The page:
What is training like?
The Greenpeace Semester combines classroom-based workshops, exercises and discussions with real-world projects and travel to work in communities. Students will leave the program with a comprehensive set of activist skills and a life-changing experience.
Each week will offer something new and different, combining case studies, issues briefings, workshops, reading discussion, and projects. With the rare opportunity to work so deeply on environmental issues, students will be challenged to take their skills to the next level.
What will I learn?
Grassroots Organizing to Protect the Planet
The Greenpeace Semester includes over fifty cutting-edge workshops in building groups, organizing events, talking to the media, non-violent direct action, and campaign strategy. These include: organizing successful events, working with volunteers, giving good interviews, forming an active group, and using social media to educate people about an issue.
Planning Effective Environmental Campaigns
Learning the tools to develop both strategic and creative environmental campaigns can be an integral part to making a big impact back home. This is why we will teach you all the necessary pieces to planning a fun and effective campaign to make a sustainable future a reality.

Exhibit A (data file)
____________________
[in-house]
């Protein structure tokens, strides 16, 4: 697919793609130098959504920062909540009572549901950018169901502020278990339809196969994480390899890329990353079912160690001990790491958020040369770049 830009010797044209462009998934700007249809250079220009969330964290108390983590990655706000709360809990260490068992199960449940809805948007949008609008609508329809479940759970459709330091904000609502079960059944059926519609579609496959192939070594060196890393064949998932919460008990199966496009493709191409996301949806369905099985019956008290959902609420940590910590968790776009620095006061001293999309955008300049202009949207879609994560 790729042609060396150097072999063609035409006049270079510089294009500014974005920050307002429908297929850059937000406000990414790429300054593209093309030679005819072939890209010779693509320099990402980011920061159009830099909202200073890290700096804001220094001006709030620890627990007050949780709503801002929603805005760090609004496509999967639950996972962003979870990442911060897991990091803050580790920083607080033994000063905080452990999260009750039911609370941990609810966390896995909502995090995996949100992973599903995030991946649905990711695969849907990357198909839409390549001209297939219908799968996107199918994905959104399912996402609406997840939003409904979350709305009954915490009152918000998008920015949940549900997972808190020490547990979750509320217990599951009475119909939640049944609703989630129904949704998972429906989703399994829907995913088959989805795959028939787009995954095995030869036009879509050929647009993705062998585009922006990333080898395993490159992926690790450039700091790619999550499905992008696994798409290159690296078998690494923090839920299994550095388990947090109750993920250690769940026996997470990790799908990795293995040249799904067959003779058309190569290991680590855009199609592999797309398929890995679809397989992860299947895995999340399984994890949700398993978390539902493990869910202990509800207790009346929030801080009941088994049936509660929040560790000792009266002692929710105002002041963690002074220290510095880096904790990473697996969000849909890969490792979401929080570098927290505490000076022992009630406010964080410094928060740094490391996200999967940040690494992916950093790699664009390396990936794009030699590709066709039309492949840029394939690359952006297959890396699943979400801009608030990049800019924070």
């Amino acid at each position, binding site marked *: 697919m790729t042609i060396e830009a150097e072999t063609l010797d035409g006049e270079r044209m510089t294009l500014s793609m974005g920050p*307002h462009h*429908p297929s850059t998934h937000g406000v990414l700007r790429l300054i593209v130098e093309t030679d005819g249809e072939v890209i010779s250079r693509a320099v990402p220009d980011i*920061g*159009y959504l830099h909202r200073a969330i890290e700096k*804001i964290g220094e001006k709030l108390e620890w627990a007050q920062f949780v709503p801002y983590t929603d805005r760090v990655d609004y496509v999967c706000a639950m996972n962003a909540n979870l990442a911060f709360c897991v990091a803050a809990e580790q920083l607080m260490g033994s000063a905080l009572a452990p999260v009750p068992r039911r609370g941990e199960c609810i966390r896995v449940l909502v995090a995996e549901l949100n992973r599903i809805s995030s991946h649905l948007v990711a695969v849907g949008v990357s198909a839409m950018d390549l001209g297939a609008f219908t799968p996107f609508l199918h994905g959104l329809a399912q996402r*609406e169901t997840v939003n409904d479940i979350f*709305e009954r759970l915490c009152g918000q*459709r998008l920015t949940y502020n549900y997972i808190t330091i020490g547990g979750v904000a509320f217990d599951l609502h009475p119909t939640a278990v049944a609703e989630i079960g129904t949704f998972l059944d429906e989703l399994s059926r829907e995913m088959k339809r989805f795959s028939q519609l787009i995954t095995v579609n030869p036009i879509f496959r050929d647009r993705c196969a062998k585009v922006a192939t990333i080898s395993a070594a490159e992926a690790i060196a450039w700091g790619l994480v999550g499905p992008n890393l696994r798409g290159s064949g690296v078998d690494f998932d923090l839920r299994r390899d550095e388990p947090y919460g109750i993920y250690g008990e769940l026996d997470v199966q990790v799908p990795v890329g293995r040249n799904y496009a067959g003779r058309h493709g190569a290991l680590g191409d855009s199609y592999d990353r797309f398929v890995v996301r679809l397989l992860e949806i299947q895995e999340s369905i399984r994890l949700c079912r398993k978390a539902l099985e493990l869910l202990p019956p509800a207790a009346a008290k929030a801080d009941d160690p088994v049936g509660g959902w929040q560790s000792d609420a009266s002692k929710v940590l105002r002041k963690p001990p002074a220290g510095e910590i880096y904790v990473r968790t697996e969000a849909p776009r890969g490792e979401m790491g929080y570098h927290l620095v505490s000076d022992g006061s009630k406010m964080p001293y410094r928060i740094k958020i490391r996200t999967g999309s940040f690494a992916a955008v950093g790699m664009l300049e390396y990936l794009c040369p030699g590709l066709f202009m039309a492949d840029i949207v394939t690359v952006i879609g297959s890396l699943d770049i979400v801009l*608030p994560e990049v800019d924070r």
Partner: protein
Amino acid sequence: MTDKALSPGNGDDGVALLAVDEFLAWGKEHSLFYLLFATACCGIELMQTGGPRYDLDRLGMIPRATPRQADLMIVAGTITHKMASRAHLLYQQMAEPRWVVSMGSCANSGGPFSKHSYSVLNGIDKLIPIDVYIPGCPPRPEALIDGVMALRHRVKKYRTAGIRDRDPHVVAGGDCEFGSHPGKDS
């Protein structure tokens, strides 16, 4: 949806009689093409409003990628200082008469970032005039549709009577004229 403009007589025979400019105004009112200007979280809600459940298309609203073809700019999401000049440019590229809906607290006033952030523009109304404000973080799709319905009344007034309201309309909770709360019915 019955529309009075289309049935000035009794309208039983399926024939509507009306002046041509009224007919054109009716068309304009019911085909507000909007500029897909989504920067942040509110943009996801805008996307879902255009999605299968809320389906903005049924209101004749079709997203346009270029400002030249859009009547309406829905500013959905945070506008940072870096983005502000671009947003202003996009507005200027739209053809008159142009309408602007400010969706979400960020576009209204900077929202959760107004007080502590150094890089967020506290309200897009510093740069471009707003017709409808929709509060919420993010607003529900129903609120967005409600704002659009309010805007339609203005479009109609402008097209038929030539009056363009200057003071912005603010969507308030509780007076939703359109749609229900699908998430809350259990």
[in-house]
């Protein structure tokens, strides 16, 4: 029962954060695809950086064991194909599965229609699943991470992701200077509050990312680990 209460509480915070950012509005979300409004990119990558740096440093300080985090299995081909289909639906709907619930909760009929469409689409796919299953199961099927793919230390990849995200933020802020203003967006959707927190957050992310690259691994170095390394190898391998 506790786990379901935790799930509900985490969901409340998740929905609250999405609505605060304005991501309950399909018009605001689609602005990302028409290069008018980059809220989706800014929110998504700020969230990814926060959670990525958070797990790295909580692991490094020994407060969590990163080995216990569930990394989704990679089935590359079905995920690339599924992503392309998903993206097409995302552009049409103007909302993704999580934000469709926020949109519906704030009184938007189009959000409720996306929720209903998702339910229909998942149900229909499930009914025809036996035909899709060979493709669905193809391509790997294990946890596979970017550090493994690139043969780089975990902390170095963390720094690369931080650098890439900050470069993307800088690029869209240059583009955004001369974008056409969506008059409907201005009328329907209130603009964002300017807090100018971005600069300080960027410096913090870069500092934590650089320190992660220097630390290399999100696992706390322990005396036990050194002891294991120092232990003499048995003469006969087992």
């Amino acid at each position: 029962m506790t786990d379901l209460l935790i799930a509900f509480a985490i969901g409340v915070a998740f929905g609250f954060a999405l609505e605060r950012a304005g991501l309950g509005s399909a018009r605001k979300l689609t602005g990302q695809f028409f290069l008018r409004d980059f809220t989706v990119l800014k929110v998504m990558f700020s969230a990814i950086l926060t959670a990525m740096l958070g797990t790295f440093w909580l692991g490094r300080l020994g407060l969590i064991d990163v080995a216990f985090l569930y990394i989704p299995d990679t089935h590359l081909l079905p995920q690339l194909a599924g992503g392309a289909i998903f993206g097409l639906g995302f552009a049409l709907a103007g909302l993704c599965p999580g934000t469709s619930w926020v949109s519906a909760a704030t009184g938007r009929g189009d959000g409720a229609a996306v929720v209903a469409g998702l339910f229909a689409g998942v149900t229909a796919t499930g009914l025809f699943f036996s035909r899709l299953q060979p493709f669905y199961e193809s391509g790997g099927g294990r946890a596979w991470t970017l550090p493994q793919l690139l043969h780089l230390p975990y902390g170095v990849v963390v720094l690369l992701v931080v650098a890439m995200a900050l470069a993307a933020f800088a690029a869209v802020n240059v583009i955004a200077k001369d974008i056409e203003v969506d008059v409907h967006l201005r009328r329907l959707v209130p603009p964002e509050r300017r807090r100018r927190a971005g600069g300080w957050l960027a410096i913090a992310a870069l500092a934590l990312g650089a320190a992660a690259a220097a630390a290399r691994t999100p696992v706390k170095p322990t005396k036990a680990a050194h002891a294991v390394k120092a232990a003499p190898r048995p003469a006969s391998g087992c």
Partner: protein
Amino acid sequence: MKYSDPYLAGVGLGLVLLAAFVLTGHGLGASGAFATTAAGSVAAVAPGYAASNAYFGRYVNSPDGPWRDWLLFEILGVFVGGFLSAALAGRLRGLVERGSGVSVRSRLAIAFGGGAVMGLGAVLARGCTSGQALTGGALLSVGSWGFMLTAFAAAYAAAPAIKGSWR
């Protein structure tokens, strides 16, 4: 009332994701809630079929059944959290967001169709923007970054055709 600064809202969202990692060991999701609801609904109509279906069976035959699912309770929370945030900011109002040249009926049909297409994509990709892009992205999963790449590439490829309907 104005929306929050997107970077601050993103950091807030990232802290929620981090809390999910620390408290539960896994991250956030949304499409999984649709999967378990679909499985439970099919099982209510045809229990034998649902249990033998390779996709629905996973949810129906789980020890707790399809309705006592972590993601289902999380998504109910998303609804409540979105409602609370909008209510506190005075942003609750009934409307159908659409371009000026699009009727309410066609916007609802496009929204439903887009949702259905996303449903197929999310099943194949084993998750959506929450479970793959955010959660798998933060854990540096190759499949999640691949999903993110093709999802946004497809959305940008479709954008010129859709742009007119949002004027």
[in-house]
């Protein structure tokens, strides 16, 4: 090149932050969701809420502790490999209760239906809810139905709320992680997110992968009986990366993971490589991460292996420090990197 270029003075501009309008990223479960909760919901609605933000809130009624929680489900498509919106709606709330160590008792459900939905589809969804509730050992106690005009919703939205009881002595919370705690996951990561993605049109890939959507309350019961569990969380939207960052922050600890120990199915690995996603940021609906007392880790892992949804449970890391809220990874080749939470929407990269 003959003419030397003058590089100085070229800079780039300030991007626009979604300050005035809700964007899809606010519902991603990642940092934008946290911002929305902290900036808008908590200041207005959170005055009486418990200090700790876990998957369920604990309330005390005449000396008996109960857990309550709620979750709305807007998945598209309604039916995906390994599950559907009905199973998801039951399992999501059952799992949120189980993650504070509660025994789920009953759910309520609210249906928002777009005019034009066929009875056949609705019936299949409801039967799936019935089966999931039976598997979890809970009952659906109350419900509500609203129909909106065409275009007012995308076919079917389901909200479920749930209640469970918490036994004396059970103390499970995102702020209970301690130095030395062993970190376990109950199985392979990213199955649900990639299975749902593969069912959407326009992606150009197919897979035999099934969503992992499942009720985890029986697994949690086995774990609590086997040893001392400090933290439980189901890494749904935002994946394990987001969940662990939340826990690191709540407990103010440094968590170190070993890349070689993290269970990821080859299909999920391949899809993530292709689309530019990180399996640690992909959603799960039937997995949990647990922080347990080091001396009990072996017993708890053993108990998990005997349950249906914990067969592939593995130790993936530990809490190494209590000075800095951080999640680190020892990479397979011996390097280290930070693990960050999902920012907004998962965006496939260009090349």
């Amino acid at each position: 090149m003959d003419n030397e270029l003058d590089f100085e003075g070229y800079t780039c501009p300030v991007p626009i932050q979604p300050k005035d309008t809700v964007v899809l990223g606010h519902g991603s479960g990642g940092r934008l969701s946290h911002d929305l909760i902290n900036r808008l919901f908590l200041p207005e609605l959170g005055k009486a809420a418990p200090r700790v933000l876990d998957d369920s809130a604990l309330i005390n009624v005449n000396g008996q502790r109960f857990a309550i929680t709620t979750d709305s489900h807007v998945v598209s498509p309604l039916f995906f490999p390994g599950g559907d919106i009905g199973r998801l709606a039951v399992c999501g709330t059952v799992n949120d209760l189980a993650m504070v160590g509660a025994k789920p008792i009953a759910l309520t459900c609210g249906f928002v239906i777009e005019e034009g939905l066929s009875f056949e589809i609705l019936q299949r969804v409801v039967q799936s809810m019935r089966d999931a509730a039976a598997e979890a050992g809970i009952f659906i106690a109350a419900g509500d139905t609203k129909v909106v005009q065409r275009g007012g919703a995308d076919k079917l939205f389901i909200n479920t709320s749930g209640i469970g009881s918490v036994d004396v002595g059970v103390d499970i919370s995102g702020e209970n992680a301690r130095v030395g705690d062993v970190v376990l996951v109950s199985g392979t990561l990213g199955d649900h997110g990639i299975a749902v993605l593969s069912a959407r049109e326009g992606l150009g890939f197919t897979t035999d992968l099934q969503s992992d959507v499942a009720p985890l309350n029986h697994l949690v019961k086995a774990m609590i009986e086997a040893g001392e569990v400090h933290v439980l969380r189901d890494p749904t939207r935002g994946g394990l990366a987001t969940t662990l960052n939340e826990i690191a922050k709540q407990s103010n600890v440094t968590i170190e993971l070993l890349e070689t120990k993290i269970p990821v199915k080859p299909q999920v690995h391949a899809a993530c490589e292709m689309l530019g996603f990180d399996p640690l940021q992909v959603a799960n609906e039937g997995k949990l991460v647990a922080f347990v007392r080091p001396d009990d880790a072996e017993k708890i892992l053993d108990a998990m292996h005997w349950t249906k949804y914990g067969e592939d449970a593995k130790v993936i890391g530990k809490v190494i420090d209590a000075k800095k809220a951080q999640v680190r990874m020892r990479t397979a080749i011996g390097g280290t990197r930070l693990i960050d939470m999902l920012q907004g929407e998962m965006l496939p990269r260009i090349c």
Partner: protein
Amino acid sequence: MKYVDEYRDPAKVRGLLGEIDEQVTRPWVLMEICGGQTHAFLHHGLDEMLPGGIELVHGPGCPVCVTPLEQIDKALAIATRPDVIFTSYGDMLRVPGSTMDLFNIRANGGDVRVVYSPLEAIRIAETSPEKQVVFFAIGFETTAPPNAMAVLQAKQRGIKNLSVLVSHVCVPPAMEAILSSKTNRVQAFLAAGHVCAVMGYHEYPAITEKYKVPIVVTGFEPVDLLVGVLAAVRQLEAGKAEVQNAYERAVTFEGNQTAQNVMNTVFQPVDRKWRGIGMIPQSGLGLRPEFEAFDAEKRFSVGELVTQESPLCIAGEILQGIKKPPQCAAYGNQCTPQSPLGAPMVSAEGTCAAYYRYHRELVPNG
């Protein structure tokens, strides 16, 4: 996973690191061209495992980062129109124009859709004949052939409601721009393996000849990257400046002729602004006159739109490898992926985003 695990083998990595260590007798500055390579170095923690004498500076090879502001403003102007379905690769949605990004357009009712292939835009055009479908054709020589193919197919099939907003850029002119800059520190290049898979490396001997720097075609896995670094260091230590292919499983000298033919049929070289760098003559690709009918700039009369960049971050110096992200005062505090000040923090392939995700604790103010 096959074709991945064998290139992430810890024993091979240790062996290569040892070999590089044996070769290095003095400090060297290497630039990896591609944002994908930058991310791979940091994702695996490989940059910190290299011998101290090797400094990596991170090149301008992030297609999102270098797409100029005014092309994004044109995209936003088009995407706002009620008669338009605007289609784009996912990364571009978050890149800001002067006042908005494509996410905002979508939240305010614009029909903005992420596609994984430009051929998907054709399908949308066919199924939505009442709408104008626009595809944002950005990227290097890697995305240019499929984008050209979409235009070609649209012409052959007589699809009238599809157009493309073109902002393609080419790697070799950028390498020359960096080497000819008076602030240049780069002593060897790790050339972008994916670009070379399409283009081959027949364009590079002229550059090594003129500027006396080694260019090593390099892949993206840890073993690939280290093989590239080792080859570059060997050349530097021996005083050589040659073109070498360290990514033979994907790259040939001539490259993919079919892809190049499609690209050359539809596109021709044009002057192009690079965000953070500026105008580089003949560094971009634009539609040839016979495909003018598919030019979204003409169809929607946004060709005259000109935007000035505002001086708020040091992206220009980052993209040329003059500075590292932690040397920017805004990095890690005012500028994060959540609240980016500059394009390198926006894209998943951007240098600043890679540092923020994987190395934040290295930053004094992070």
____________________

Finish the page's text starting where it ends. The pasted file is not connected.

In these workshops you'll learn how Greenpeace has been successful over the years and the lessons we've learned. You'll learn how to choose an issue, develop a strategy, and how to execute your campaign. You'll spend time learning how to create an effective message that will gain support for an issue and effectively communicate to your community. You'll also get a taste of what it's like to talk to reporters about an issue.
Non-Violent Direct Action
Greenpeace is committed to non-violent direct action as a means of creating lasting change for the planet. During the program, you'll spend a week learning about this and how to make banners and signs, some basic technical skills, and the philosophy and practice of peaceful direct action.
To encourage participants to become strategic advocates for the environment, students read books and articles on topics including global environmental problems, campaign strategy, strategic messaging, the theory of organizing, and other reports and documents. Students are expected to complete weekly reading assignments and fully participate in regular reflective discussions. Reading materials change each term but past readings have included:
- Rules for Radicals: A Pragmatic Primer for Realistic Radicals by Saul D. Alinsky, 1971.
- Don't Think of an Elephant! by George Lakoff, 2004
- The Heat is On by Ross Gelbspan, 1998
- Organizing for Change by Kim Bobo, Jackie Kendall and Steve Max, 2001